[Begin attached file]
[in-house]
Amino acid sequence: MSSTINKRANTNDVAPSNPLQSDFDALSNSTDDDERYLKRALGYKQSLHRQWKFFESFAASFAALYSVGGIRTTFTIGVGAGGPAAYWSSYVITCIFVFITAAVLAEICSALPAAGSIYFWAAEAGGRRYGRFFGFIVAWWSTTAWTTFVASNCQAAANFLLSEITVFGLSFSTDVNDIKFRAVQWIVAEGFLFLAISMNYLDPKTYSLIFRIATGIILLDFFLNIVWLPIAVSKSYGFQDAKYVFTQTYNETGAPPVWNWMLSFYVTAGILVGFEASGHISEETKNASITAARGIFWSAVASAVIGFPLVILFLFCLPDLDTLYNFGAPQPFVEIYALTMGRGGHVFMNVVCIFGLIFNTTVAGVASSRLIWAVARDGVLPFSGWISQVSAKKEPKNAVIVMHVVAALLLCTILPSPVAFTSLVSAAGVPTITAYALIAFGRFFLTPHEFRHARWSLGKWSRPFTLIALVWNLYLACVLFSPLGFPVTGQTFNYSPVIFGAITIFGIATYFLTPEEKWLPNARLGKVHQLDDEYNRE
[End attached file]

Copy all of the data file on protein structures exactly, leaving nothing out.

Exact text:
[in-house]
Amino acid sequence: MSSTINKRANTNDVAPSNPLQSDFDALSNSTDDDERYLKRALGYKQSLHRQWKFFESFAASFAALYSVGGIRTTFTIGVGAGGPAAYWSSYVITCIFVFITAAVLAEICSALPAAGSIYFWAAEAGGRRYGRFFGFIVAWWSTTAWTTFVASNCQAAANFLLSEITVFGLSFSTDVNDIKFRAVQWIVAEGFLFLAISMNYLDPKTYSLIFRIATGIILLDFFLNIVWLPIAVSKSYGFQDAKYVFTQTYNETGAPPVWNWMLSFYVTAGILVGFEASGHISEETKNASITAARGIFWSAVASAVIGFPLVILFLFCLPDLDTLYNFGAPQPFVEIYALTMGRGGHVFMNVVCIFGLIFNTTVAGVASSRLIWAVARDGVLPFSGWISQVSAKKEPKNAVIVMHVVAALLLCTILPSPVAFTSLVSAAGVPTITAYALIAFGRFFLTPHEFRHARWSLGKWSRPFTLIALVWNLYLACVLFSPLGFPVTGQTFNYSPVIFGAITIFGIATYFLTPEEKWLPNARLGKVHQLDDEYNRE